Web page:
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Reynolds v. City of Mount Vernon

United States District Court, S.D. New York

April 1, 2015

THE CITY OF MOUNT VERNON, et al., Defendants.


JESSE M. FURMAN, District Judge.

Plaintiff Deborah Reynolds, a member of the City Council of the City of Mount Vernon who is proceeding pro se, brings this action against the City of Mount Vernon; Nichelle Johnson, Jennifer Ratan, and Hina Sherwani, who at the relevant time were all members of the city law department; Yuhana Edwards, who was the president of the City Council; and George Brown, who was the City Clerk. She alleges that Defendants violated her First, Fourth, Fifth, Ninth, and Fourteenth Amendment rights in connection with the rejection of a referendum that she proposed. Defendants move, pursuant to Rule 12(b)(6) of the Federal Rules of Civil Procedure, to dismiss her Second Amended Complaint (the "Complaint") in its entirety. (Docket No. 17). For the reasons explained below, the motion is granted.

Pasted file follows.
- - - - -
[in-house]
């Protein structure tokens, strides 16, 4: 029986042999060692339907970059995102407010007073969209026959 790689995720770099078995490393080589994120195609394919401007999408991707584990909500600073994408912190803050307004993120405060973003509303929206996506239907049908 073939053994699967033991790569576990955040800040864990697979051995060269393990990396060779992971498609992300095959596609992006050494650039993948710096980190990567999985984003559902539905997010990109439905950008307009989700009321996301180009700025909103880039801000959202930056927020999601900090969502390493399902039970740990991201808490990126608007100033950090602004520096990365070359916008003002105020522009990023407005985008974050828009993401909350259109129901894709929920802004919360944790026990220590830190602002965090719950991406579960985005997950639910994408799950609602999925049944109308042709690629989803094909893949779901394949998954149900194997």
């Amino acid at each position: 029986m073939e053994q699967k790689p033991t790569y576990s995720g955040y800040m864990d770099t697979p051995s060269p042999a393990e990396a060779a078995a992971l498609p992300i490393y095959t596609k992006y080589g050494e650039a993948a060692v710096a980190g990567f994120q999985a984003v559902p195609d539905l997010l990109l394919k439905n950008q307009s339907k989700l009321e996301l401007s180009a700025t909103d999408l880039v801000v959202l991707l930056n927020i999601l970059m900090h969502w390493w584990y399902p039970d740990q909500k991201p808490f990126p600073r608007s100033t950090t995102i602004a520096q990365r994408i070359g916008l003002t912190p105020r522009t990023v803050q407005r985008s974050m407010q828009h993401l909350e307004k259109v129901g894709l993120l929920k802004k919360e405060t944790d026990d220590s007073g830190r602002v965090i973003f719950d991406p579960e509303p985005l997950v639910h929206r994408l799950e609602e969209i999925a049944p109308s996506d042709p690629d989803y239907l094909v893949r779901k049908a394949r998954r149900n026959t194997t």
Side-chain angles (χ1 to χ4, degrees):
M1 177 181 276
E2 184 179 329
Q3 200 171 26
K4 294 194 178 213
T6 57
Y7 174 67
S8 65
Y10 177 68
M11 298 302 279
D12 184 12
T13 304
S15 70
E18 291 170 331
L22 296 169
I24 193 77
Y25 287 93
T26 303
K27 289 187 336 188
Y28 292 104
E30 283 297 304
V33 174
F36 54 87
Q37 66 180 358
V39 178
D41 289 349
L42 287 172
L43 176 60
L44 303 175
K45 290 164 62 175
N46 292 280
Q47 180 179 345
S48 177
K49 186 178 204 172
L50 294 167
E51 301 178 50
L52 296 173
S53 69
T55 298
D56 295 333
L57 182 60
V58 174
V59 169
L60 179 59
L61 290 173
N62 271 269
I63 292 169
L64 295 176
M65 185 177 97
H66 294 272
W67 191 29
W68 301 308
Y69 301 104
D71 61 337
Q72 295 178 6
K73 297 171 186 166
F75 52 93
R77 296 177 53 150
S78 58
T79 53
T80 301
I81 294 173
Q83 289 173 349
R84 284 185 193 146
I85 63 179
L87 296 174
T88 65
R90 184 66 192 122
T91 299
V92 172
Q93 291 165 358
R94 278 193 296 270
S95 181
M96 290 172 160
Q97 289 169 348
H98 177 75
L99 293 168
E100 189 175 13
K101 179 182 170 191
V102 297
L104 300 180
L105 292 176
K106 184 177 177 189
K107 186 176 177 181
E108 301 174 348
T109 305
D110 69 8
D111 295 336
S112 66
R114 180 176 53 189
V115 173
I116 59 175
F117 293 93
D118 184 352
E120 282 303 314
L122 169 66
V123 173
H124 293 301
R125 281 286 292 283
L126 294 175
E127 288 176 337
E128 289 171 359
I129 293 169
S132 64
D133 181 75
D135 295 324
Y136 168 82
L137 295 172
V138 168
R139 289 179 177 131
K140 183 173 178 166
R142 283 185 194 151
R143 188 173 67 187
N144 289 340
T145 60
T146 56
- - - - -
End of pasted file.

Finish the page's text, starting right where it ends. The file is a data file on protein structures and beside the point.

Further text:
Generally, in evaluating a Rule 12(b)(6) motion, a court may consider "only the complaint, any written instrument attached to the complaint as an exhibit, any statements or documents incorporated in it by reference, and any document upon which the complaint heavily relies." In re Thelen LLP, 736 F.3d 213, 219 (2d Cir. 2013). Because Reynolds is proceeding pro se, however, the Court may also consider factual allegations made in her opposition papers, so long as they are consistent with the complaint. See, e.g., Blue v. Macy's Herald Square, No. 12-CV-5673 (PAE), 2013 WL 3717777, at *1 n. 2 (S.D.N.Y. July 16, 2013). Accordingly, the following facts are taken from the Complaint, exhibits attached thereto, and Reynolds's opposition papers (to the extent they are consistent with the Complaint), and are presumed true for the purposes of this motion. See Karmely v. Wertheimer, 737 F.3d 197, 199 (2d Cir. 2013).[1]